The future of the UK convenience store market


22nd June 2018

Walnut Unlimited

The future of the UK convenience store market

The untimely demise of My Local has caused shockwaves in the retail world. My Local has entered administration as of 29th June 2016 and over 1,000 jobs are now at risk. With forecasters predicting that convenience is the key to growth in grocery retail, the news about My Local begs the question – were the trend forecasters wrong? What is the future of the UK convenience store market?

My Local, a chain of over 200 stores, was bought from the Morrisons chain of Convenience stores last year for £25 million. My Local, formally “M-Local” will be associated with Morrisons for many consumers despite the brand changing hands last year. Morrisons themselves said in a statement “We are saddened and disappointed to learn that My Local is about to enter administration.” They have admirably offered to give employment to many of the My Local staff about to lose their jobs.


Many reasons have been attributed to the closure, including location reasons (many M Local stores are on the site of former Blockbuster stores, where many were snapped up by M-Local when Blockbusters ceased trading). The closure of My Local highlights that the Convenience market is not necessarily easy to crack. With so many stores in the market, could it be said that the Convenience sector is actually reaching saturation? The total number of convenience stores in the UK increased by 21% from 13,617 in 2010 to 16,426 at the end of 2015 according to Local Data Company.


A store with less than 3,000 sq ft (280 sq m) is typically defined by retailers as a ‘Convenience’ store. With the advantage of not being affected by the Sunday Trading Act (which restricts opening hours on Sunday), and a general trend towards more frequent grocery shopping trips, for a number of years forecasters have predicted strong growth in this sector.

From our work in the Convenience sector we know that location is everything. Being in the right place, with the right catchment, with the right facilities for parking and access, is at the forefront of a successful convenience strategy. Some analysts say that many Convenience stores have a catchment area of just half a mile. This makes it very easy to define your key shopping missions (are you in a work place area, or a residential, for example) and stock a range that matches your shopper needs.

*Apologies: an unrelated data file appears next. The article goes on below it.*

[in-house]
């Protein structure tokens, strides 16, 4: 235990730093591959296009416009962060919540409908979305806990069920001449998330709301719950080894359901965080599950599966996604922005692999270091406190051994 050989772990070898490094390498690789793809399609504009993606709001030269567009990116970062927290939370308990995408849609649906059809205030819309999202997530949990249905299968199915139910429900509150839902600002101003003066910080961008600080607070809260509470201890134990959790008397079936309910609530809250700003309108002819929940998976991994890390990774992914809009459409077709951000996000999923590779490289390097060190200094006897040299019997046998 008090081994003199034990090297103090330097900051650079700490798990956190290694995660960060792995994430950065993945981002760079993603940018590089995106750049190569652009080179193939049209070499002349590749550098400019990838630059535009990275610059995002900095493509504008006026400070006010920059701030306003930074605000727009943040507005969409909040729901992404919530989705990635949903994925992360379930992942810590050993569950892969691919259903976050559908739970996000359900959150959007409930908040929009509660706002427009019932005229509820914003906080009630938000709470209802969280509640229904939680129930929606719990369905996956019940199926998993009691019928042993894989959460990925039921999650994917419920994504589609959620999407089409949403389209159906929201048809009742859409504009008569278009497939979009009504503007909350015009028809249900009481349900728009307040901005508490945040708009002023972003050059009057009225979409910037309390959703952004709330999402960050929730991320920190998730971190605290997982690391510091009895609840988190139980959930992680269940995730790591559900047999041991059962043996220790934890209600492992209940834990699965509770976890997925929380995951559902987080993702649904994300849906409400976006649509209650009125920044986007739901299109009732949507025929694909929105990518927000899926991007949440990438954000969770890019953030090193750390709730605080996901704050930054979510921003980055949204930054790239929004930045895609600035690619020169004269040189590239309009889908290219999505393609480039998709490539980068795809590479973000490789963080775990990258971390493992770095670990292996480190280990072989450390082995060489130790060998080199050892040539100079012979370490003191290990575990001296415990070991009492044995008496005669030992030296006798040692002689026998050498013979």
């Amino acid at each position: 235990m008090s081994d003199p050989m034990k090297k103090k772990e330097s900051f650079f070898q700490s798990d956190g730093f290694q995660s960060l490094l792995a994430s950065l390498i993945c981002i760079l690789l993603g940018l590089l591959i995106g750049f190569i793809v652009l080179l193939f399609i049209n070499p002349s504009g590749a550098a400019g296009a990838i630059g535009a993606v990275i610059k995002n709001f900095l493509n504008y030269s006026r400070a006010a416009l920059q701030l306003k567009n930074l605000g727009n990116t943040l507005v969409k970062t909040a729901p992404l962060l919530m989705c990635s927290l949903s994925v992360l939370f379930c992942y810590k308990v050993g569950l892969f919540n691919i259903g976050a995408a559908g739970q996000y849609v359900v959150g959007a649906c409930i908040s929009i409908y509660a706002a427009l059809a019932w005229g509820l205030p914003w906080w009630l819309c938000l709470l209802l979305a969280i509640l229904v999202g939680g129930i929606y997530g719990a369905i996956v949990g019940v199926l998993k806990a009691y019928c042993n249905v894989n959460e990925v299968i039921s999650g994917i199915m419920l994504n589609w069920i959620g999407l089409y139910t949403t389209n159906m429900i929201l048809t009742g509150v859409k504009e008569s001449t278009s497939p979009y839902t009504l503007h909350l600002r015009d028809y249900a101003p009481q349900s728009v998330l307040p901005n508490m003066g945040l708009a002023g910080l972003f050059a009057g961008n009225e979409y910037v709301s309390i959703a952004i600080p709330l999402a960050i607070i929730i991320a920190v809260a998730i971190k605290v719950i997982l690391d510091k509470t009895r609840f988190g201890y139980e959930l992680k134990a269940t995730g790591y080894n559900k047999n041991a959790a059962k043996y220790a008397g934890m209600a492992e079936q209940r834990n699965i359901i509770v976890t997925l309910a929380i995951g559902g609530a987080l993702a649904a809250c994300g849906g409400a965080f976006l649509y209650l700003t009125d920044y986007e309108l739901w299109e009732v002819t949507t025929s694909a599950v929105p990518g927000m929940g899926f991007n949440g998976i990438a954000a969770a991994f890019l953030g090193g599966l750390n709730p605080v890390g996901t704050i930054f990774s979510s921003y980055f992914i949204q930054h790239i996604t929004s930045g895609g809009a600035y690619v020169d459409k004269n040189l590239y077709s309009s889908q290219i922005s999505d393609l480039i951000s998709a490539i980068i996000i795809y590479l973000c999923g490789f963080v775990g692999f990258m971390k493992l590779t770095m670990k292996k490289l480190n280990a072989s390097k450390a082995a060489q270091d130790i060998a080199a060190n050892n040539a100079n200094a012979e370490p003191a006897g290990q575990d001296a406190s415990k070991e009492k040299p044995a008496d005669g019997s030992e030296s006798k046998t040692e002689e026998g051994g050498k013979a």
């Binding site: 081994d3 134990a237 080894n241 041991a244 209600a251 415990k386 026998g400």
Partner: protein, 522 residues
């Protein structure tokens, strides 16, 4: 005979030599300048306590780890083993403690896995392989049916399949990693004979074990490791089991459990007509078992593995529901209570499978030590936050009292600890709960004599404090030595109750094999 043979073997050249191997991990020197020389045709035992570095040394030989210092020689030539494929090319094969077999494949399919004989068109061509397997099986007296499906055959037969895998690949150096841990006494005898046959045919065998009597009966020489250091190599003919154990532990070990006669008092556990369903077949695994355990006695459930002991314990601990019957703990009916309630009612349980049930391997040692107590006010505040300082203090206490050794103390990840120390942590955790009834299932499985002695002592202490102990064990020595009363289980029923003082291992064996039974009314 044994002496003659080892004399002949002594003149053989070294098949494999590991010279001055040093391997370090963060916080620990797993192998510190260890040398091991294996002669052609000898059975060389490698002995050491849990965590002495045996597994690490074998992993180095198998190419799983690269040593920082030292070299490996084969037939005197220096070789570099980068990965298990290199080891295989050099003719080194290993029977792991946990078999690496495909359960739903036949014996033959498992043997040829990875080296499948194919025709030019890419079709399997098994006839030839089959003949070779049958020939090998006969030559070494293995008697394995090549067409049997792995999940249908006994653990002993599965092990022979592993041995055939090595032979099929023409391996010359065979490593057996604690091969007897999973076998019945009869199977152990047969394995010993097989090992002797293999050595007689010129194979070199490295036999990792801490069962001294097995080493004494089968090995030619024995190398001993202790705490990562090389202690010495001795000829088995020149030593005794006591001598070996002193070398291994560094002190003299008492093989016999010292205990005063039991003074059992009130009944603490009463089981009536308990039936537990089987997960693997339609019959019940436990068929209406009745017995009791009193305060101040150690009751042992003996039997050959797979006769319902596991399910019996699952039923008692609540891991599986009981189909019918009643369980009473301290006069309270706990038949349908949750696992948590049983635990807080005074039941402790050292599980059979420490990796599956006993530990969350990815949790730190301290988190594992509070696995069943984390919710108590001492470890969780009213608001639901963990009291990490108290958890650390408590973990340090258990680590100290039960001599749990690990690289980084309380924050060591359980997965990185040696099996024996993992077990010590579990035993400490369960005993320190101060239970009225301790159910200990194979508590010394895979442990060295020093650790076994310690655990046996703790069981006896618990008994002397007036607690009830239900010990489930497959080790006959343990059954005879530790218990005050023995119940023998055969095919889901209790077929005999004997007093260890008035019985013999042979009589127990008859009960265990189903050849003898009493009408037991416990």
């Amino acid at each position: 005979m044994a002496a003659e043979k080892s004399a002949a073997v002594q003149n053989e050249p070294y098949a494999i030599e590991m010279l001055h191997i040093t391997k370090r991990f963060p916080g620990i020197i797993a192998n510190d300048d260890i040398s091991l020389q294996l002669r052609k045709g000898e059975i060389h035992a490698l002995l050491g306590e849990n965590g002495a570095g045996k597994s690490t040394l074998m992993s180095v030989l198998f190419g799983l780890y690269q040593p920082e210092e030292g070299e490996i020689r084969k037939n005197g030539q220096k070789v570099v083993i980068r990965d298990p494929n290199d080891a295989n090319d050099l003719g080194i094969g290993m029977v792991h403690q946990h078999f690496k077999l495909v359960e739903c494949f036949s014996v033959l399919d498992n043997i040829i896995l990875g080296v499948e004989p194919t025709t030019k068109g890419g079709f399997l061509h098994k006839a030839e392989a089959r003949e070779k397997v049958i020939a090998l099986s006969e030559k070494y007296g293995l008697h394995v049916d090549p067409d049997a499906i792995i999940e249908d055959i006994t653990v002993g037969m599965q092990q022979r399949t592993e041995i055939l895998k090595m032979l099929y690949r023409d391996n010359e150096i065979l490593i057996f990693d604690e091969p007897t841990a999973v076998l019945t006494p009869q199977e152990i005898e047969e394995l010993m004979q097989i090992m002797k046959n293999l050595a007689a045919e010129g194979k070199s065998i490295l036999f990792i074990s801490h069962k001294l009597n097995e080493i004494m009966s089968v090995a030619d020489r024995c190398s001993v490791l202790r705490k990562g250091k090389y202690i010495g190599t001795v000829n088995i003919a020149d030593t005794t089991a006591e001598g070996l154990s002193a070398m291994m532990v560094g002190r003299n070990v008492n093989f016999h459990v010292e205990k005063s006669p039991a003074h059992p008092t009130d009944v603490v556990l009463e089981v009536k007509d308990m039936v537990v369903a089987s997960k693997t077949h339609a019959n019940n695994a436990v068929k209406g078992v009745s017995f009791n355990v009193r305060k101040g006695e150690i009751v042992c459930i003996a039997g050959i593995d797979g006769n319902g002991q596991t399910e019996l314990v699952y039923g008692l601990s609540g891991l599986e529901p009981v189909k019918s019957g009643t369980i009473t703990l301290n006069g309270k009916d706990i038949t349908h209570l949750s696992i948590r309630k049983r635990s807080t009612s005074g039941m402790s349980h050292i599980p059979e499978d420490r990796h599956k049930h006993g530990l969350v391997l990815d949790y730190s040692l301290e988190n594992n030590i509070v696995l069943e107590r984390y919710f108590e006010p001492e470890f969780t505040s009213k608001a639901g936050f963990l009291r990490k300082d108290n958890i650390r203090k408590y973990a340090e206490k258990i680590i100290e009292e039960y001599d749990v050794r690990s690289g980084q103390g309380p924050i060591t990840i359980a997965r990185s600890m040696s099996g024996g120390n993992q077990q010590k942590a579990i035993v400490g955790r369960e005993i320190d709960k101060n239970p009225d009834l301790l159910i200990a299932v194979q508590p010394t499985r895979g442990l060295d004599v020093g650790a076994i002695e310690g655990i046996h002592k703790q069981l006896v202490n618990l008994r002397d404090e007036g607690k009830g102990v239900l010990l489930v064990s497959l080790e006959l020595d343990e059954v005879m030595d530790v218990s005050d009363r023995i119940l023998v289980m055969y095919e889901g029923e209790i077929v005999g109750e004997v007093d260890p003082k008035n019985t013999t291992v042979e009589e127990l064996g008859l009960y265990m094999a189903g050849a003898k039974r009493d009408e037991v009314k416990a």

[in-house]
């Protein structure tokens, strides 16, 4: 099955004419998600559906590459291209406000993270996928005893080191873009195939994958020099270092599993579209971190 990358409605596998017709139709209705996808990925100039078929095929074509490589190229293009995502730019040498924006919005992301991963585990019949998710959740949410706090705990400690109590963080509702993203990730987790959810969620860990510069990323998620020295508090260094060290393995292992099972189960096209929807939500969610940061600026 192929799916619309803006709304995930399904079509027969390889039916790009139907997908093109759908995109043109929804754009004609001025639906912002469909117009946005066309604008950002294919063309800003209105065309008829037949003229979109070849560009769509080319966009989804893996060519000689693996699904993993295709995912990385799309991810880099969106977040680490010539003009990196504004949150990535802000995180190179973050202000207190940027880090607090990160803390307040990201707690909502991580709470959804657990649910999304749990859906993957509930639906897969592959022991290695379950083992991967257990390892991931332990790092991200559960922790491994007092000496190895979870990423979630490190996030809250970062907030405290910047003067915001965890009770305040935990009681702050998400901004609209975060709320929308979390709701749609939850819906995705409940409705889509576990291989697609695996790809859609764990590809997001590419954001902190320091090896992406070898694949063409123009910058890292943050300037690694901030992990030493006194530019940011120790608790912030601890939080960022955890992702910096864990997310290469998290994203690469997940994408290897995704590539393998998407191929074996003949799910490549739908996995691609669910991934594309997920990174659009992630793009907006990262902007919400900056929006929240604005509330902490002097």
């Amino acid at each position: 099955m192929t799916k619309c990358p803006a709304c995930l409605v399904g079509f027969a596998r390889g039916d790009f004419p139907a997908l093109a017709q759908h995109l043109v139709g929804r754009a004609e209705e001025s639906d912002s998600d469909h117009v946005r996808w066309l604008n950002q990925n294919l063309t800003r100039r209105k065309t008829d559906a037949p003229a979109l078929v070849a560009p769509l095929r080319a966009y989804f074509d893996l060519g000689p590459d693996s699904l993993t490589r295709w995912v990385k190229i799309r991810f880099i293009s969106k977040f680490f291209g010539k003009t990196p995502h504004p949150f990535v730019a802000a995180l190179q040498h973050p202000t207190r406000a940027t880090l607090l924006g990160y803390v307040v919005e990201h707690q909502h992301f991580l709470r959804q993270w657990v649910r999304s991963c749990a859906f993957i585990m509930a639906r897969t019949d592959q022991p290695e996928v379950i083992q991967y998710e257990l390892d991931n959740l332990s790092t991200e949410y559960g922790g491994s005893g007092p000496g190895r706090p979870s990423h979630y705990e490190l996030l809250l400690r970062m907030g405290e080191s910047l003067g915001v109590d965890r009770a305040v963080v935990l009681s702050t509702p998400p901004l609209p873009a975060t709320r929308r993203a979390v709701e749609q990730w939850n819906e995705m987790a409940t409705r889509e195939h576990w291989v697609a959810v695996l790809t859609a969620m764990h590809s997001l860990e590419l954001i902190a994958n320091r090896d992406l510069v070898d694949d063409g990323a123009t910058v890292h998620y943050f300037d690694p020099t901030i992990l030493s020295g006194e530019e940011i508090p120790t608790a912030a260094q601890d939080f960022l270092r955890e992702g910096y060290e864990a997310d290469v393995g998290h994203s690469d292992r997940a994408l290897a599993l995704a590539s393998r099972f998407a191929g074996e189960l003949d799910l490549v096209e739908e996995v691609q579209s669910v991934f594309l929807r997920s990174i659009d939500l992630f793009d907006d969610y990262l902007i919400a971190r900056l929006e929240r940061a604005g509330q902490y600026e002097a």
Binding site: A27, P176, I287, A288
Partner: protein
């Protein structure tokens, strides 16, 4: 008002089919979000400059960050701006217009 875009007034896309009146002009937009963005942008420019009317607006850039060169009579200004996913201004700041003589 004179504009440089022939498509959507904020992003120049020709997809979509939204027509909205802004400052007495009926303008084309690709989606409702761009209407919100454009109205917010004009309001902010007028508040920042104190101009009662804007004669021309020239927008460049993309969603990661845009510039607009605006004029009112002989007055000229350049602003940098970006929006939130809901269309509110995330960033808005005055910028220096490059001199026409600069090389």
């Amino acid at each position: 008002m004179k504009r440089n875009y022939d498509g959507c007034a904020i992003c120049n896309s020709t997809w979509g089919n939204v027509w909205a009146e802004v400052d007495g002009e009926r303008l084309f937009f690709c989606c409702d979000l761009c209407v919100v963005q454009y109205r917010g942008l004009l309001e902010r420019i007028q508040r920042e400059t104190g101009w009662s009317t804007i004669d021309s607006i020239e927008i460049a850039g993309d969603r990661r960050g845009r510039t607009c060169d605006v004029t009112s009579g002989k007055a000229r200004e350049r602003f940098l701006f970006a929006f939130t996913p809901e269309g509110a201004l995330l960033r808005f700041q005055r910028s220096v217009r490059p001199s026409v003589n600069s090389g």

We think location is more important even than price, staff and range when it comes to understanding what is important to customers in the Convenience sector. In terms of price, convenience stores typically carry a 1-5% mark up to cover the higher cost of operating. We know that the higher price of convenience stores is a price that customers are, generally, willing to pay.

Retailers go to great lengths to scope out the potential for each and every site that they acquire for a convenience store. With each local market having its own dynamics, its own competitor set and its own customer type, it is a complex operation to decide where to site a new convenience store.

Then, once a new convenience store is opened, it is ‘Operation Marketing’ time. The time to communicate loud and clear with the nearby residents about the new store and ensure it becomes part of their preferred store repertoire.


From the work we do across the Convenience Sector we know that customer experience is very different in various store formats. We know that customer satisfaction tends to be lower in convineince stores compared to bigger store formats. We also know that the store visit is so much shorter, leading to a much lower emotional engagement with the retailer and the brand in general. It breaks the shopping trip down into a much more functional, transactional-based experience. How quickly can people get in and out, without spending too much time or effort on the experience?

Basic aspects of the shopping trip, such as the queueing system, can become “make or break” for the convenience store. Get your queuing system wrong and you can do great damage to the overall customer experience. A badly managed queue can quickly become an irritant; a driver of dissatisfaction. Given that the convenience store usually operates on a limited floor plan, these sorts of challenges are a hurdle to overcome, but usually not insurmountable.

One thing is for sure; analysts across other convenience stores, Tesco Express, JS Local, One Stop, Spar, Costcutter and The Co-operative will be watching this news with interest and taking learnings from the My Local story.


When entering the convenience market, it is critical to do your customer research. Every store will have its own considerations and face its own challenges. What’s important to explore and consider to ensure success?

  • Understand where shoppers in your area are already going
  • Explore why they might come to your store instead
  • Determine ideal ways to communicate with your immediate customer base who are nearby
  • Keep communicating with your customers over time
  • Consider the best ways to involve yourself in their community
  • Understand when it is not working, and figure out why
  • Trial new store layouts and formats
  • Critically, talk to your customers ‘in the moment’ and find out what they are thinking, through intercepts, vox pops
  • Engage with your frontline staff as a forum for feedback, as they are closest to the customer

The convenience market should never forget about its customer experience strategy, and always remember to understand and measure how customer experience fares in stores. Without insight, decision making becomes based on blind ‘gut feels’ and is that a risk worth taking in such a saturated market?

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